Game Seven of the 2017 World Series wasn’t the back-and-forth absolute gem that Game Five was. Nor was it the pitching duel of Game Four, the one Mary and I had the chance to attend (pic above is the view from our seats!). But in the end, for the first time in their 56 year history, the Astros shed their Disastros, their Last-ros, their baggage of all their horrible seasons and stood atop Major League Baseball as World Series Champions. And it was a marvelous, amazing feeling that in some ways I’m still getting used to.

I remember all the letdowns over the years, all the close-but-no-cigar games where playoff victory could have been ours. The long rivalries with the Braves, the Cardinals, and yes, the Dodgers that ended so many times in disappointment, were now all swept away. Being a longtime Astros fan is to know what heartache means. And still we had faith. And still we root for our Astros, hoping that one day we will know what victory feels like.

I came to follow the Astros when I was 8, the year my dad was reassigned to Texas for a year, the year I began discovering this thing called baseball, and your choices were the Astros or the Rangers, and the Rangers stunk even worse. And I stayed with them the rest of my childhood, into teen years–my first MLB game was when my dad took me up the road to Montreal when the Astros were in town. In fact, until only about 10 years ago I’d never been to an Astros home game–I was always watching them on the road, being the only one in the park with Astros gear on.

The first time I walked into Minute Maid Park, I had a feeling like coming home for the first time. I was no longer the oddity, no longer the outcast–I was surrounded suddenly by tens of thousands of other Astros fans, all in their Astros gear. I had come home, I was with my people, and they were beautiful,

I had the same experience last weekend, bringing Mary there. Sometime around the sixth inning, I remember looking around Minute Maid Park and just taking it all in, and commenting to Mary, “I don’t know why this feels like home to me, but it just does.”

My brothers and sisters in Christ, we too are fans of a team we’ve only ever seen in road games. We’re often in the role of being the one oddity, the one who doesn’t fit in, because our hearts are already in the Kingdom. And one day, we too will walk into our home stadium, be surrounded by those who follow our team, and finally feel completely at home for the first time.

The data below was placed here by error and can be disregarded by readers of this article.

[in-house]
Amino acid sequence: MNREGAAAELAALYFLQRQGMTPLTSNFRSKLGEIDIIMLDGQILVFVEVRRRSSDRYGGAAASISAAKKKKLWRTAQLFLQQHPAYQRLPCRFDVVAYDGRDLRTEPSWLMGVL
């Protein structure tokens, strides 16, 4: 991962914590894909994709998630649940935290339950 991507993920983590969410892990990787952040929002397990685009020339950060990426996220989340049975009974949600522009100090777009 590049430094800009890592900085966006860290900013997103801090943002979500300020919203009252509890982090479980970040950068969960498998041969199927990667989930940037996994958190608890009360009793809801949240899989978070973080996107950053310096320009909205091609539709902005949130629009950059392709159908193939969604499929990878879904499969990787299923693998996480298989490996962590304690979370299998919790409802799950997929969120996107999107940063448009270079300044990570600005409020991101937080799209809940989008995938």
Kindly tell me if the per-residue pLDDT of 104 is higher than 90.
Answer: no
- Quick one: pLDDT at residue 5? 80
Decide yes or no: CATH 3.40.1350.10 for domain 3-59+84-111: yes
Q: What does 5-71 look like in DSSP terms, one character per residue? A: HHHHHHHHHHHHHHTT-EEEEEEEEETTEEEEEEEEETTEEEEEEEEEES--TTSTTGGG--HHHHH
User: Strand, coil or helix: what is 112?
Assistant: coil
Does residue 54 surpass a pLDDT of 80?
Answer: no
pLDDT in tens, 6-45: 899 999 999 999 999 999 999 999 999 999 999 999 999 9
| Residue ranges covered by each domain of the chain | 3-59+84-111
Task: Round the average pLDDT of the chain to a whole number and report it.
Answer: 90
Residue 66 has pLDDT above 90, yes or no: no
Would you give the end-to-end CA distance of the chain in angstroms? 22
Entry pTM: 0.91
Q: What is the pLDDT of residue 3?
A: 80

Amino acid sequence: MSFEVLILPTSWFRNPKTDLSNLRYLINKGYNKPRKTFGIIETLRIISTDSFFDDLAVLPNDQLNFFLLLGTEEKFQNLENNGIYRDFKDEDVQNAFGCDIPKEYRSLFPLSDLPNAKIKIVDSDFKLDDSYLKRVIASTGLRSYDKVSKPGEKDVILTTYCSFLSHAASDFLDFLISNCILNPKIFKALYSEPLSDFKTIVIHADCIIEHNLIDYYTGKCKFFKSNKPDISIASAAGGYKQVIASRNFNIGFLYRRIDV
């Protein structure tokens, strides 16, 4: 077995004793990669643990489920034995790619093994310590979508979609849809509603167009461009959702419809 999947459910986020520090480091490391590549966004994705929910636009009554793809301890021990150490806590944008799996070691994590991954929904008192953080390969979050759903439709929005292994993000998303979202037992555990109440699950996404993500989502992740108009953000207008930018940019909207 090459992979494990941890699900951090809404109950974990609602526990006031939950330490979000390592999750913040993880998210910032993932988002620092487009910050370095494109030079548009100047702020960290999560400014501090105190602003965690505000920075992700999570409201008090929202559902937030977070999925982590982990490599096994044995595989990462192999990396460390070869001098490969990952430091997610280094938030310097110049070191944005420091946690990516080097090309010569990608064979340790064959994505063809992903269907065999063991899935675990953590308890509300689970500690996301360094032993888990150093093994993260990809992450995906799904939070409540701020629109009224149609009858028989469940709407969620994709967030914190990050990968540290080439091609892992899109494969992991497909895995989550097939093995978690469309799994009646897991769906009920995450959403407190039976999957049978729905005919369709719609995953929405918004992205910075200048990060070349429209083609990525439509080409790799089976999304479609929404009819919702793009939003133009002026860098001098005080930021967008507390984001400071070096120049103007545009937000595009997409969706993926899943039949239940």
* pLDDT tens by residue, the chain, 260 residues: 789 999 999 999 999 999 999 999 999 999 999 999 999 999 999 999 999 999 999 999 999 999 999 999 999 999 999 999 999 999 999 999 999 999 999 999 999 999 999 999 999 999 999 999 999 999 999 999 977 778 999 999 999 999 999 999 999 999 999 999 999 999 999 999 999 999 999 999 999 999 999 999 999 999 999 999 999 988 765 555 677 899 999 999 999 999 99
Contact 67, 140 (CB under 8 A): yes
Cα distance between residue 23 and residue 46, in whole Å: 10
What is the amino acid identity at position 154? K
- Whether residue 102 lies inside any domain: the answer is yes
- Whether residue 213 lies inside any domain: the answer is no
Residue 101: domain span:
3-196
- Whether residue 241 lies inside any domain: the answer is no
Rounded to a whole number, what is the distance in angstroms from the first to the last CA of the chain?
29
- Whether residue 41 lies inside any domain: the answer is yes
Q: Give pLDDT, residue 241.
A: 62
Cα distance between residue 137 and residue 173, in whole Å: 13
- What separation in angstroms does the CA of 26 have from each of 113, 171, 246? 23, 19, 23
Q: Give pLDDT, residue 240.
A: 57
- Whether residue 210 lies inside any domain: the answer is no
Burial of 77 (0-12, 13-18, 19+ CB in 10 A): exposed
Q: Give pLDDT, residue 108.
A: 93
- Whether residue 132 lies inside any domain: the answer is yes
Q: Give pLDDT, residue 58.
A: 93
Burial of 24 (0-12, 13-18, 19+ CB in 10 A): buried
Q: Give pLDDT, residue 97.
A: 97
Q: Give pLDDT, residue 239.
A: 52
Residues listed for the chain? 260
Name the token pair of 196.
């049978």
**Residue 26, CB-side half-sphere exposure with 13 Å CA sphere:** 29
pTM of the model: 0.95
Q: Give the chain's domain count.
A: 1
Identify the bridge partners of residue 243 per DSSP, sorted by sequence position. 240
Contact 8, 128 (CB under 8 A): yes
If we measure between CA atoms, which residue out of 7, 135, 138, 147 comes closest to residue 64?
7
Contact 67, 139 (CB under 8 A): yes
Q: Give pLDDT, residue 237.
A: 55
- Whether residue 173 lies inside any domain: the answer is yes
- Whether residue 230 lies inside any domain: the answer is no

I can’t wait!

Go Astros!

Ever since I spent a year living in Texas (in third grade!), I have been a lifelong Houston Astros fan. I came to love their history of amazing pitching–J.R. Richard, Joe Niekro, Mike Scott, Nolan Ryan, Roy Oswalt. And as only a true Astros fan can do, I came to know their penchant for the late-season fold, the never-fulfilled promise, the hundred-loss seasons as well. Not for nothing is the traditional Opening Day greeting of the Astros fan, “Wait ’til next year!”

I remember watching the deciding sixth game of the 2005 NLCS against the despised Cardinals, with my heart in my throat, scarcely able to watch for the final out. And then it came, joyous release, the win-and-in, and the ability for the first time in 44 years of baseball in Houston to say, “We have a World Series team!”

Of course, we all know what happened next: the sweep by the White Sox; the dismantlement of the team by trades, retirement, and yes, scandal; and the three hundred-loss seasons in the early part of this decade. It was a dark time for the Astros fan.

Last night’s victory over the Yankees in Game 7 of the ALCS was a sweet, sweet vindication of the wait and the loyalty. Once again, a young exciting team has the right to host a World Series. Once again, we will play the Dodgers, after years of torment at their hands in the 1980s. And once again, hope and joy reign.

And I’ll get to experience it firsthand. Next Saturday, Mary and I will be in the stands as the Astros host Game 4. Minute Maid will be on. Fire. And we’ll have the chance to be caught up in the joy, for as long as it lasts.